IMF - World economy at risk of another financial crash


Well-known member
Feb 28, 2008
Reading it now.

It's a study of the bleedin' obvious. Consider such gems as:

There was a doubling in the number of families who had difficulty making ends meet between the time the child was 9 months old in 2008/09 and the time the child was 5 years old in 2013 (from 12% to 25%). The figure had dropped to 12% by 2017-18 when the Study Child was 9.
Wow! Findings in line with decline and recovery! Who would have guessed?

Levels of financial stress in the families of 9-year-olds were much higher in one-parent families than two-parent families (27% vs. 10% had difficulties making ends meet).
Well, that is truly amazing!

Children in one-parent families were the most likely to live in households with low levels of income and maternal education. They were twice as likely as those in two-parent families to have mothers in the lowest education category (18% vs. 9%) and were nearly three times as likely to be in the lowest family income group (43% vs. 15%).
Again, truly insightful!

I'm so glad my tax Euros go to fund research and analysis of this quality. :rolleyes2:
Aug 6, 2007
Can anybody explain to me if the stock market collapses how that will effect most people who do not have shares- is it basically a case that interest rates will rise and that will be the biggest blow? All of these companies big and small who have taken on enormous debt in the last decade should be let burnt as far as I am concerned if it comes to it particularly if the alternative is that the rest of us who do not have shares or have not taken on huge debt would suffer big consquences.
Economy works on CONFIDENCE, remove that and people stop doing things.

A single Share price collpasing really is no big thing as happens all the time, 60% of them then whole market collpases and people sell and move money into safe options like Gold.

Performance of share price has zero impact on ability of a company to continue its day to day existence provided company has not got mega debt that banks start to become worried about whether they will be paid.

Example use an Airline................... owes £2 billion, worth £14 billion on stock exchange, share price £14 where was £25 1 year ago, has cash of £0.5 billion if required and its debt is @ 0.5% over 10 years and it makes £1.2 billion in profit.
Issued share capital of £500 million. Doesn't pay an annual dividend.

Now generates positive cash of £500 million, needs to repay £200 million in loan and £10 million in Int per year.............. no reason to call in loans as they are serviced.
What it can do is buy back shares and pay a special (not guaranteed) dividend per year........... shares become worth more.

Key point is 1.) can service debt 2.) has enough cash to cope with market downturn 3.) can reduce costs easily to survive.
In event of closing company the company would only need to pay the value of issued share capital (£500m not share price) to shareholders.

Basically as long as a company is making profit, generating positive cash flow, had manageable debt then can survive a downturn.
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Aug 6, 2007
Ok so Stock market collapses ................... big impact is Pension funds, shareholdings etc as magically your pension that was worth £300,000 is now worth £75,000. No issue if you are 39 and 25 years to retirement but if 65 and retiring may be an issue.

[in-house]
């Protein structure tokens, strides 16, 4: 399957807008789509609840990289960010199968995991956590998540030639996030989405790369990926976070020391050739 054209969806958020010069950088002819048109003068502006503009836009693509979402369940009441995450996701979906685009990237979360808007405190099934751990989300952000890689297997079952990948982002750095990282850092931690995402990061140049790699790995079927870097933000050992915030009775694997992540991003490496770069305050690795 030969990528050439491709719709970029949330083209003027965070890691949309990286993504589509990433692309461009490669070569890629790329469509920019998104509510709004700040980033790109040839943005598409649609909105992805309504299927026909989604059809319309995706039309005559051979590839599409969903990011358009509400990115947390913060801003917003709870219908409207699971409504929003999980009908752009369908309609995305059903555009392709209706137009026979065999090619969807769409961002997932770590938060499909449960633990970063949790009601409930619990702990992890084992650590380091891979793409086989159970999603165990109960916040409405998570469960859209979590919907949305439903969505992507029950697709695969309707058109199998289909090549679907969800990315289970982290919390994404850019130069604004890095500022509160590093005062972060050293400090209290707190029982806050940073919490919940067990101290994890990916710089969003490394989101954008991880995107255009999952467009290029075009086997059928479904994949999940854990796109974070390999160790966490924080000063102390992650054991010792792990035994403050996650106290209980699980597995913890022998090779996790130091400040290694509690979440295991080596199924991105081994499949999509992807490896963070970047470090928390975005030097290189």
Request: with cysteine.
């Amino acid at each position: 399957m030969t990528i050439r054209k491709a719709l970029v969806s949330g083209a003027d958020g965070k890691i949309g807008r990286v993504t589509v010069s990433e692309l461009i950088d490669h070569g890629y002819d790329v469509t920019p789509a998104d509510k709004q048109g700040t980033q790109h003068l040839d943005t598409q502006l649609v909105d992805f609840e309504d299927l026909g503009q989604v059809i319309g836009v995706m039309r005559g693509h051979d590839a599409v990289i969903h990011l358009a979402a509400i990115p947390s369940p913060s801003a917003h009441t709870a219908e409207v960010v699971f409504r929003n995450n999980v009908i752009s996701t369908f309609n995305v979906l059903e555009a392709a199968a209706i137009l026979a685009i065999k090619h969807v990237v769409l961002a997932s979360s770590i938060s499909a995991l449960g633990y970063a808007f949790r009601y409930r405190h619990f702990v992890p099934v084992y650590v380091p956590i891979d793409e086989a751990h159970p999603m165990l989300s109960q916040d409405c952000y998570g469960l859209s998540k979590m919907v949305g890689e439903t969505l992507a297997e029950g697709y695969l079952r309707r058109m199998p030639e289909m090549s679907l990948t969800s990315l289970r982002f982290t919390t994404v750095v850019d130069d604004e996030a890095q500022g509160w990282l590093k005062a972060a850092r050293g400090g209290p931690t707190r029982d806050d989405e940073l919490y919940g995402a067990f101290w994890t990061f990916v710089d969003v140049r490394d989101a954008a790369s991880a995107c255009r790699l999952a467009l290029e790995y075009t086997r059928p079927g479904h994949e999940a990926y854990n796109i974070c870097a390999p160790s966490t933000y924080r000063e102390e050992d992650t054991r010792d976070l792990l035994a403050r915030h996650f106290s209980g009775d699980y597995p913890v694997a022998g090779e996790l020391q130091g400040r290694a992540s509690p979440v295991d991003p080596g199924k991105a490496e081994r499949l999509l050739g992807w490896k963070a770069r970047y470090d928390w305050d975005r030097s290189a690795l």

Market is flooded with debt that companys cannot service and Private equity / Hedge Funds etc have bought up loads of businesses, borrowed and cut costs (asset stripped) to justify investment. Problem now is there is not much more cost it can take out.

Interest rates going up will not help as many companys will head to the wall, additionally burden will be on Mortgage holders, unsecured debt and others................ where they are over leveraged (borrowed).

Problem since 2008 is low / no inflation so prices have not gone up massively and with that inflation it would reduce value of debt assumming no new debt.

Now the GOOD NEWS.............. in 2008 when market collapsed I was very keen to point out that
1.) continue to pay your mortgage
2.) pay down debt (secured / unsecured) that ultimately you would not lose out subject to having kept job / income................... even a lower income.
Amazingly those who did that have benefitted as individual debt is way less than 2008 and country has paid off billions per year of debt. Think has dropped from €144 billion to €85 billion, CSO publish the stats.

Due another correction and that is because Govt debt is unsustainable................ UK 90% of GDP / US 106% etc etc.
Ultimately public spending with have to drop considerably.
Aug 6, 2007
It seems very presumptuous to me of Fine Gael repeatedly saying that the Irish economy is sustainable (e.g I remember Leo Varadkar saying that the decision in the last budget to increase welfare by €5 a week would not be reversed and the decision was sustainable) when we are so dependent on corporation tax.
Welfare spending in Economy is not sustainable, neither are Public sector wages and the inefficiencies in the Health service........
problem is ALL are huge vote losers and unless world economy fell into a 1929 style depression with a Govt of National Unity they will never be tackled.

Of €50 Billion in receipts, €8.2 Billion was in CT and some of that relates to tax laundering.